Infrastructure Subsystem

The Infrastructure Subsystem Sector (ISS) provides the physical layer of the Rail System which, together with the other sectors of the Rail System, ensures a safe and reliable operation.

The Infrastructure Subsystem Sector (ISS) provides the physical layer of the Rail System which, together with the other sectors of the Rail System, ensures a safe and reliable operation.
Structures are the most expensive assets of the system. Decisions about infrastructure investments require long processes, where stakeholders must raise consensus and administrations should reserve the required budget in advance. Infrastructure works need exhaustive preparation and their execution take long time. Life cycle of the infrastructure assets is the longest of the railway system assets. Infrastructure is so exposed to climate change that it urgently needs to be adapted to new parameters.

The way we work

UIC ISS works under the umbrella of two high level groups of experts: the Track Expert Group (TEG) and the Panel of Structural Experts (PoSE). UIC ISS coordinates the ongoing working groups organised in the topics of the sector: infrastructure, track and its elements and the interaction between the different technical subsystems. The common spirit of the groups is to work together with excellence expertise to:

  • share and debate best practices of the sector (benchmarking) and learn of other experience, the new IRS-70712-1 about Broken Rail Detection systems are published,
  • collaborate with other UIC departments to achieve the excellence in the sector, like in the AT-WOOD project, about the use of creosote for sleepers and its alternatives, developed in collaboration with the Sustainable Development Unit.
  • go in-deep on a specific topic, like EOLE group, about the impact of exceptional and overloads on existing infrastructures, or the Y/Q project about the effect of train running instabilities on track,
  • update procedures and algorithms and explore new opportunities, like STABLETRACK which is studying the track stability and prevention of buckling, upgrade of UIC Leaflet 720 to IRS 70720,
  • the construction of an updated inventory of assets, to reinforce and facilitate the current inventory of track assets by: Progressing on the proper use of RFID tagging to identify and register infrastructure and track assets, thus becoming fully available and operational for the Railway Operating Community (ROC) and Providing guidelines of use for Automated Video Railway Inventory Systems which can be used to identify assets but also to assess condition complementarily to visual surface examination. With the RFID+AVRIS project will be known the actual state of art and define best practices and guidelines of use for RFID tagging and best practices and guidelines for Automated Video Railway Inventory Systems (AVRIS), by drafting of a recommendation for combined guidelines of use and procedures of inventory of track assets,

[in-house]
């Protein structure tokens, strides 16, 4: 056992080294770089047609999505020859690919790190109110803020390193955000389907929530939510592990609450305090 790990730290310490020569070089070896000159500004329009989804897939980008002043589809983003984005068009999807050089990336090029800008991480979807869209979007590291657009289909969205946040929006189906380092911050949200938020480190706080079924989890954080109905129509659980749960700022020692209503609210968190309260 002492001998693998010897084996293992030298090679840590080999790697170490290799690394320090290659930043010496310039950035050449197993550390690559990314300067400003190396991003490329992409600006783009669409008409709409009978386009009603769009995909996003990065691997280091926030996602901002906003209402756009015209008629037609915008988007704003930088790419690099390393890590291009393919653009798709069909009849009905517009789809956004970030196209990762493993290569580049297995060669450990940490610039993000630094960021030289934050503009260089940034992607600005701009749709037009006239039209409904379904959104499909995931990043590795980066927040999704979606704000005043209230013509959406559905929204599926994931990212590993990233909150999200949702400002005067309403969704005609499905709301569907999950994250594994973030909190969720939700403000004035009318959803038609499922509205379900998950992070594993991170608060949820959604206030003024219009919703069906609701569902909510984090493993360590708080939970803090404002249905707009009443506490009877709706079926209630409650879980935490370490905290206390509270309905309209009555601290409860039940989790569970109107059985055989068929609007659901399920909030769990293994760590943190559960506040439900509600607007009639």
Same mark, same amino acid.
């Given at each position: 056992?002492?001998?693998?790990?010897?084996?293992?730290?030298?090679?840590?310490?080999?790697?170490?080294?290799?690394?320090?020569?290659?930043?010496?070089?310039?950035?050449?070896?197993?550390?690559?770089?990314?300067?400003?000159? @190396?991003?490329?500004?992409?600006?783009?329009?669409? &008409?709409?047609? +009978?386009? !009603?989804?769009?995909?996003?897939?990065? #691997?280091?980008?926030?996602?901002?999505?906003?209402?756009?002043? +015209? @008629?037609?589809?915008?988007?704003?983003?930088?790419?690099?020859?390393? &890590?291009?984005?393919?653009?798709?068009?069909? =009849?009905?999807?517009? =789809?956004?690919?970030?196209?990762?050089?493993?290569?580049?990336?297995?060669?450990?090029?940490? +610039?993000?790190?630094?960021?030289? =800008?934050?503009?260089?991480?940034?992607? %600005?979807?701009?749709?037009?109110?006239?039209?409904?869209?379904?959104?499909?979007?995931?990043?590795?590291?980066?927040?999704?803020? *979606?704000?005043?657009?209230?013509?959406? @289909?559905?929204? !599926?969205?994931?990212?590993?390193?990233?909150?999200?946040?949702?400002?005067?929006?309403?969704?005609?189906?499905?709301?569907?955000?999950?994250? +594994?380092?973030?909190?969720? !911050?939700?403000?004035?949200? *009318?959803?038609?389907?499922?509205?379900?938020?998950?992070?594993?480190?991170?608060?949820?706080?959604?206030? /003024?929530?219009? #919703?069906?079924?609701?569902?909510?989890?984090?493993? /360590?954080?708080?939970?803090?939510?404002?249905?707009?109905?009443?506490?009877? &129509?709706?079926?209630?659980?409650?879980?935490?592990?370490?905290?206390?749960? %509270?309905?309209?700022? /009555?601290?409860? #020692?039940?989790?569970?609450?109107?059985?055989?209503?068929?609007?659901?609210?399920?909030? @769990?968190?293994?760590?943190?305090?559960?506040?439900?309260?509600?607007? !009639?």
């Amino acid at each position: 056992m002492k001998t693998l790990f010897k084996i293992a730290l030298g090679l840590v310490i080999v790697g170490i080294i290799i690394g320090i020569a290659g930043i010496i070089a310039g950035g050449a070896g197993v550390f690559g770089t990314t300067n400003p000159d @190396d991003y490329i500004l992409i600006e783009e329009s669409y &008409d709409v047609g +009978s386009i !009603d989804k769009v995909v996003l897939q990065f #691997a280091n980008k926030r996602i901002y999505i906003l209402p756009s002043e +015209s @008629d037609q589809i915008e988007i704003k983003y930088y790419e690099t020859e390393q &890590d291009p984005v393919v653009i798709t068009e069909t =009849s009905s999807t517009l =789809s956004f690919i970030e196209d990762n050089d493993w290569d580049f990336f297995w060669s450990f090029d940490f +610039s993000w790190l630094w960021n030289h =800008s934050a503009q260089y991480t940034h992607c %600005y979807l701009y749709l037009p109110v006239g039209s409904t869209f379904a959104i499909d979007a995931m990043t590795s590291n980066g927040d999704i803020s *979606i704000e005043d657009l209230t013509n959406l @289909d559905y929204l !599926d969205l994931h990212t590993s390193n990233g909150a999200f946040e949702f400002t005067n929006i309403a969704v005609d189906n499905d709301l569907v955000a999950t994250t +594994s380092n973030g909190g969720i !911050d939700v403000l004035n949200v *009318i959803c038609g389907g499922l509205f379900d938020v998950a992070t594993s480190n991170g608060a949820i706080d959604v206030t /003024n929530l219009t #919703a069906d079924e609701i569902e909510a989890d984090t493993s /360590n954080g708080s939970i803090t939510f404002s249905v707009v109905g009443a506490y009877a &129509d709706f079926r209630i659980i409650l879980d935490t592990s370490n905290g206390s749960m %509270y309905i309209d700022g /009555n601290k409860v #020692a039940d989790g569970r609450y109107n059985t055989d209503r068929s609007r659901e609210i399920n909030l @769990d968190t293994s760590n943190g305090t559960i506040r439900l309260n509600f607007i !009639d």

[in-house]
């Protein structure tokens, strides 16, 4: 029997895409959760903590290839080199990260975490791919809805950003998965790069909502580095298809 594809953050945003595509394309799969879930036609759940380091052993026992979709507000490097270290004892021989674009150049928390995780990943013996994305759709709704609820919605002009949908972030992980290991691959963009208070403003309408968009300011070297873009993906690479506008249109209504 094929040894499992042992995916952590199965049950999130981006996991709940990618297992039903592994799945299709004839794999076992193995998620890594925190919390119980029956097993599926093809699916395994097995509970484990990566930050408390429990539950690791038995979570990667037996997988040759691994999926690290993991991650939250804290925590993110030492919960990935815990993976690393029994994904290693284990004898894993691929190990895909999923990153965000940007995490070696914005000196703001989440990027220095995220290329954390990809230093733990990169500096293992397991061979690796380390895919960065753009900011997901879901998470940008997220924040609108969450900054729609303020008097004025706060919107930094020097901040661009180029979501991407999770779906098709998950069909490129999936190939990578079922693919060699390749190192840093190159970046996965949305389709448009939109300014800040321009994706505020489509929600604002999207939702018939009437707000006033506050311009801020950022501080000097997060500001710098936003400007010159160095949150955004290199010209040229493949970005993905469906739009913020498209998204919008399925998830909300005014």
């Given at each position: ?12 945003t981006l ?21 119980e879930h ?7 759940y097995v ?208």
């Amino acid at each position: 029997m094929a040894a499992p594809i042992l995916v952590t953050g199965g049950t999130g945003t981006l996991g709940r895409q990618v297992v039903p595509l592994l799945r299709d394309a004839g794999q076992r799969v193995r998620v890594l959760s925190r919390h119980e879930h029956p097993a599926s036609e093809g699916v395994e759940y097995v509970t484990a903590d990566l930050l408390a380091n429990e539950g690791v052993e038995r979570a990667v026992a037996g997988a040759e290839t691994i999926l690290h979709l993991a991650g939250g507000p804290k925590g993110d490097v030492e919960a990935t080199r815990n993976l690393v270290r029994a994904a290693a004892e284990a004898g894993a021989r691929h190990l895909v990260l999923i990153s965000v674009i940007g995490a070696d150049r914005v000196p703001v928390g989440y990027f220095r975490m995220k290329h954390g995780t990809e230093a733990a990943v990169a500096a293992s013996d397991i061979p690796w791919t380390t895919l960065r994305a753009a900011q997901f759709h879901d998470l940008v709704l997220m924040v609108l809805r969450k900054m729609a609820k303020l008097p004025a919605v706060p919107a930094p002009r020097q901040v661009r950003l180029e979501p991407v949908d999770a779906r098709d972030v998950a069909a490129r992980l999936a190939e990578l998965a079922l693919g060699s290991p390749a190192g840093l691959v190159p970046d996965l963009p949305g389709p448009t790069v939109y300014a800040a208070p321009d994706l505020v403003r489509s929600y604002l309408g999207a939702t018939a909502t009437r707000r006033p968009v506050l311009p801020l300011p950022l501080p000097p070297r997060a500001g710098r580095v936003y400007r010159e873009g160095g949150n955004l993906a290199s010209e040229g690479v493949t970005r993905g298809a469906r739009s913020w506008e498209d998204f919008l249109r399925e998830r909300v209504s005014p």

• explore new opportunities, like the DRONE4RAIL project, which is analysing the existing methods with drones for bridge inspections,
  • The replacement of manual inspections with more frequent, automated, and standardised inspections. This could enable not only availability, reliability, and safety but also the repeatability and consistency of the Big Data required for Artificial Intelligence. The aim of ROBOTICS project is finding an alternative solution for the manual inspection and to pave the way to an intelligent infrastructure like the "smart turnout". Within the analysis of the measuring systems and fix-installed sensors the potential of an automatic inspection could be shown. Each independent measuring system can carry out automatically a part of the considered inspection tasks.

UIC ISS also contributes to the Leaflet migration plan into new IRSs and to revise UIC IRSs and develop new ones. The commitment to revise and update leaflets is being developed by specific groups of experts to provide to the whole rail system with an updated knowledge of technical recommendations and guidelines.

What we want to achieve

Our target is to increase the knowledge of our network using innovative technologies and data-driven decisions to monitor its behaviour, to adapt it to the new climate change conditions, to automate and harmonise its maintenance, to increase its capacity, and to control its cost.

How we make it happen

We are promoting the activities of both TEG and PoSE, giving visibility to our experts and the topics raised by the groups. We collaborate with all the regions of the UIC to promote ISS activities. We are taking an active role in worldwide technological seminars and we are structuring our research work to present the main findings in railway congresses and professional publications. We organise specific training sessions with our members to help the railway community understand our sector. Both TEG and PoSE are the formal platforms to boost the ideas and organise the specific working groups.

We work throughout structured projects with objectives, planification and foreseen deliverables. The projects are structured in three main pillars:

Pillar 1. Data-driven decision making and automation
For both new investments and existing networks, new technologies provide tools to be used at the service of a connected and robust infrastructure system